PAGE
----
Julius是一个高性能、双通道的大词汇量连续语音识别(large vocabulary continues speech recognition,LVCSR)的开源项目, 适合于广大的研究人员和开发人员。它使用3-gram及上下文相关的HMM,在当前的PC机上能够实现实时的语音识别,单词量达到60k个。

Julius整合了主要的搜索算法,高度的模块化使得它的结构模型更加独立,它同时支持多种HMM模型(如shared-state triphones 和 tied-mixture models等),支持多种麦克风通道,支持多种模型和结构的组合。它采用标准的格式,这使得和其他工具箱交叉使用变得 更容易。它主要支持的平台包括Linux和其他类Unix系统,也适用于Windows。它是开源的,并使用BSD许可协议。

自97年后,Julius作为日本LVCSR研究的一个自由软件工具包的一部分而延续下来,后在2000年转由日本连续语音识别联盟(CSRC)经营。 从3.4版起,引入了被称为“Julian”的基于语法的识别解析器,Julian是一个改自Julius的以手工设计的DFA作为语言模型的版本,它可以 用来构建小词汇量的命令识别系统或语音对话系统。


该工具箱包含最新的自动语音识别技术的算法实现,它由 RWTH Aachen 大学的Human Language Technology and Pattern Recognition Group 开发。

RWTH ASR工具箱包括声学模型的构建、解析器等重要部分,还包括说话人自适应组件、说话人自适应训练组件、非监督训练组件、个性化 训练和单词词根处理组件等,它支持Linux和Mac OS等操作系统,其项目网站上有比较全面的文档和实例,还提供了现成的用于研究目的的 模型等。



上面提到的开源工具箱主要都是用于语音识别的,其他的开源语音识别项目还有Kaldi 、simon 、iATROS-speech 、SHoUT 、 Zanzibar OpenIVR 等。

常见的语音合成的开源工具箱有MARY、SpeakRight、Festival 、FreeTTS 、Festvox 、eSpeak 、Flite 等。



本文介绍了几种常见的语音交互平台,主要是语音识别、语音合成的软件或工具包,还顺便提到了声纹识别的内容, 下面做一个简单的总结:



[3] Microsoft Speech API:http://en.wikipedia.org/wiki/Speech_Application_Programming_Interface#SAPI_1
[4] MSDN-SAPI:http://msdn.microsoft.com/zh-cn/library/ms723627.aspx
[5] 微软语音技术 Windows 语音编程初步:http://blog.csdn.net/yincheng01/article/details/3511525
[6]IBM Human Language Technologies History:http://www.research.ibm.com/hlt/html/history.html
[7] Nuance: http://en.wikipedia.org/wiki/Nuance_Communications
[8] 科大讯飞:http://baike.baidu.com/view/362434.htm
[9] CMU-Sphinx: http://en.wikipedia.org/wiki/CMU_Sphinx
[10] CMU Sphinx homepage:http://cmusphinx.sourceforge.net/wiki/
[11] HTK Toolkit:http://htk.eng.cam.ac.uk/
[12] Julius:http://en.wikipedia.org/wiki/Julius_(software)
[13] RWTH ASR:http://en.wikipedia.org/wiki/RWTH_ASR
[14] List of speech recognition software: http://en.wikipedia.org/wiki/List_of_speech_recognition_software
[15] Speech recognition: http://en.wikipedia.org/wiki/Speech_recognition
[16] Speech synthesis: http://en.wikipedia.org/wiki/Speech_synthesis
[17] Speaker recognition: http://en.wikipedia.org/wiki/Speaker_recognition

Original Link: http://ibillxia.github.io/blog/2012/11/24/several-plantforms-on-audio-and-speech-signal-processing/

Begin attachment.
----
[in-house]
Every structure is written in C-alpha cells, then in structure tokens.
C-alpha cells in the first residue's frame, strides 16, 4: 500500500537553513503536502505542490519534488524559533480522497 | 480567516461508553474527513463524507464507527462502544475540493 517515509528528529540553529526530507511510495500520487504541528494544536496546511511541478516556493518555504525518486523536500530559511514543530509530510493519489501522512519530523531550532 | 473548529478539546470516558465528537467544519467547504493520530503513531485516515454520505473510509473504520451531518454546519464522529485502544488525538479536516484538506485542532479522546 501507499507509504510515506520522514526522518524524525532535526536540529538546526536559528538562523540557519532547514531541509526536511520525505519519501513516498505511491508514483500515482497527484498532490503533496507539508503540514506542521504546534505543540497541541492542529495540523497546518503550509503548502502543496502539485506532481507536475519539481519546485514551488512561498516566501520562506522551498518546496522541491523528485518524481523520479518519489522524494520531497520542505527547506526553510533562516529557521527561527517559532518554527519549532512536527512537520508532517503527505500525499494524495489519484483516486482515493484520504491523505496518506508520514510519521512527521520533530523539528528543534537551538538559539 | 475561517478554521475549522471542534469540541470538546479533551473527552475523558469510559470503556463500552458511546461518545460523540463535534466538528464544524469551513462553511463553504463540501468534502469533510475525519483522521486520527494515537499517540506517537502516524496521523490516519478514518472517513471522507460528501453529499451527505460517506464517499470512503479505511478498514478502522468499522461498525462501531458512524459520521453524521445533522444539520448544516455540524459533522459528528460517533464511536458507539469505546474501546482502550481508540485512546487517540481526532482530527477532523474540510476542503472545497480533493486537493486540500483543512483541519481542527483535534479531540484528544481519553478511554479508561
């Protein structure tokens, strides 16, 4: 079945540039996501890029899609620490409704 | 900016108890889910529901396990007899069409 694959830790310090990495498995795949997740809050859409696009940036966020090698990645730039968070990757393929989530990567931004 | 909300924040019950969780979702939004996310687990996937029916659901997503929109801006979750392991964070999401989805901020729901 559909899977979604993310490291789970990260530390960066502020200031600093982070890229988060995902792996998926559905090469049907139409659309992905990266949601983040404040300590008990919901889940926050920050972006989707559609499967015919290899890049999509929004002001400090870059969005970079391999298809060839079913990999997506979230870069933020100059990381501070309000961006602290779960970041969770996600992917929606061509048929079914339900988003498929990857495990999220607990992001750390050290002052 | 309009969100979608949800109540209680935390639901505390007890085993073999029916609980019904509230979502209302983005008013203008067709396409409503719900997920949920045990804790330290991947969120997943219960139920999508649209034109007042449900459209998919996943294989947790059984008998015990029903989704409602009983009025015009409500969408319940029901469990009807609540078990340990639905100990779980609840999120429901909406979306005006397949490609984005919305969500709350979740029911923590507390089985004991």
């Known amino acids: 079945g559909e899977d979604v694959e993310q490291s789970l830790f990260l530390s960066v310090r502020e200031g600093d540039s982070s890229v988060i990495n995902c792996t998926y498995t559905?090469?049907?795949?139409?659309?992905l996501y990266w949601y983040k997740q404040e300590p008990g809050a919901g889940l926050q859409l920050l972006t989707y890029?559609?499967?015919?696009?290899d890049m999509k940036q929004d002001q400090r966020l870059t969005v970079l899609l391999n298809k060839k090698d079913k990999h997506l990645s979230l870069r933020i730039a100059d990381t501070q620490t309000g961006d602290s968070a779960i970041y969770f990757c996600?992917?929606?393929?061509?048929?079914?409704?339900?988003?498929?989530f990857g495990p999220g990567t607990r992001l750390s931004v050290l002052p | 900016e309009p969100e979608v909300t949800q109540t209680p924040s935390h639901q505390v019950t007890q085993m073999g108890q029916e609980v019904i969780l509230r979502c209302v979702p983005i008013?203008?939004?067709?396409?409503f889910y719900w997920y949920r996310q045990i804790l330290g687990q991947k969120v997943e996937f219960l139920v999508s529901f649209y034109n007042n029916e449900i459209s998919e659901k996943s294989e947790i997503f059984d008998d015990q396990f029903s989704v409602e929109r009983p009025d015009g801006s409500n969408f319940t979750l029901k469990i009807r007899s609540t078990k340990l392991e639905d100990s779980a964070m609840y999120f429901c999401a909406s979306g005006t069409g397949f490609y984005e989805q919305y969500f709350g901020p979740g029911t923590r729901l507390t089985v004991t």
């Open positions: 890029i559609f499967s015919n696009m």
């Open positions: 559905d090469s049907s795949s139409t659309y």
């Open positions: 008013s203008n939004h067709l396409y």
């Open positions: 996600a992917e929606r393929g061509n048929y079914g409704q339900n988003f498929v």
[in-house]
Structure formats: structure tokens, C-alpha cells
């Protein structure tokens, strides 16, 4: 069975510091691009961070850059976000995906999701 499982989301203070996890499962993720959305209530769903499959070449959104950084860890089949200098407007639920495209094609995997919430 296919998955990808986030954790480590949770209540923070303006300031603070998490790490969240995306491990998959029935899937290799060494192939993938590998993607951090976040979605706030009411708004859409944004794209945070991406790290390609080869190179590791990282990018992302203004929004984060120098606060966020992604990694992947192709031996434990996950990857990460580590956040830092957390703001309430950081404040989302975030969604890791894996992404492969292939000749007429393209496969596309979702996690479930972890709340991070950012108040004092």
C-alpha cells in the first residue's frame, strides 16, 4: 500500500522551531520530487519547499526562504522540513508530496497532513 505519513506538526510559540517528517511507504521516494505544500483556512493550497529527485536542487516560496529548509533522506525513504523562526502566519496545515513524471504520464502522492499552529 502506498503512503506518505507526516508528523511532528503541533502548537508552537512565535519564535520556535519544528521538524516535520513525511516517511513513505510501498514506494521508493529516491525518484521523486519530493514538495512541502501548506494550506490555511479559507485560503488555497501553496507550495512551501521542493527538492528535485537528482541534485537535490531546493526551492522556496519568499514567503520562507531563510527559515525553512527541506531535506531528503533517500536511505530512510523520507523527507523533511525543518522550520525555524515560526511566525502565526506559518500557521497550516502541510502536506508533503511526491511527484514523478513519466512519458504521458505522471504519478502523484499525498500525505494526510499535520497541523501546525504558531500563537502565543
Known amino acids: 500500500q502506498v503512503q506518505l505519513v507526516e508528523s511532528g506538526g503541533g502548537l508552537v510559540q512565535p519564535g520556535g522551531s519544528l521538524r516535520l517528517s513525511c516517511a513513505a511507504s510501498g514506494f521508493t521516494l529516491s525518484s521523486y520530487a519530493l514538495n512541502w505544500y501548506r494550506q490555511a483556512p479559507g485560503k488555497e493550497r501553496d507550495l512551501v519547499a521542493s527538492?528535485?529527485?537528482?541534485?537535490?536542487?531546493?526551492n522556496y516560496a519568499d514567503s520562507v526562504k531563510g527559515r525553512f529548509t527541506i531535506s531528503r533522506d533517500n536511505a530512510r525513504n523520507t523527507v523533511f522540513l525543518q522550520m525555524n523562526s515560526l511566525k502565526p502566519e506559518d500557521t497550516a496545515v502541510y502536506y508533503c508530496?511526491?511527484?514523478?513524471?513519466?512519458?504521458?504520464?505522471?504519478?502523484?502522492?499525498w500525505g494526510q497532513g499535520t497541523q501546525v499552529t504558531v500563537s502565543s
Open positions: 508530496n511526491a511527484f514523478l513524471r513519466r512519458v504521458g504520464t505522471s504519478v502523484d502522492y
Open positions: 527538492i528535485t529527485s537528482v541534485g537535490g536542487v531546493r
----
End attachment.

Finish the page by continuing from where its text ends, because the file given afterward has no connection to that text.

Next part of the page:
Attribution – NON-Commercial – ShareAlike – Copyright © Bill Xia

[repost ]Introduction to Integrating Watson Developer Cloud with Watson Explorer


IBM Watson Explorer combines search and content analytics with unique cognitive computing capabilities offered by the Watson Developer Cloud to help users find and understand the information they need to work more efficiently and make better, more confident decisions. Watson Explorer Application Builder is the delivery tool that allows developers to quickly construct a 360-degree view combining data and analytics from many sources into a single view. These applications can be enhanced using content from external sources, external visualization libraries (such as D3.js), and external APIs. Integrating with the Watson Developer Cloud provides opportunities for further enhancing Watson Explorer applications to include cognitive-based features. Watson Developer Cloud applications can be integrated with Watson Explorer in a number of ways depending on the use cases and desired functionality.

In this set of examples, we introduce the basics for integrating a Watson Explorer application with applications deployed to the Watson Developer Cloud emphasizing some of the Watson Cognitive services. The examples provided are basic technical proofs of concept; we give you the technical foundation you need to build truly awesome cognitive applications. In each example we walk you through the process of deploying an application to the Watson Developer Cloud. We show you how to integrate that application with Watson Explorer. We then provide you with some food for thought — What should you think about when deploying this kind of integration into a production environment? What are some additional ideas for integration?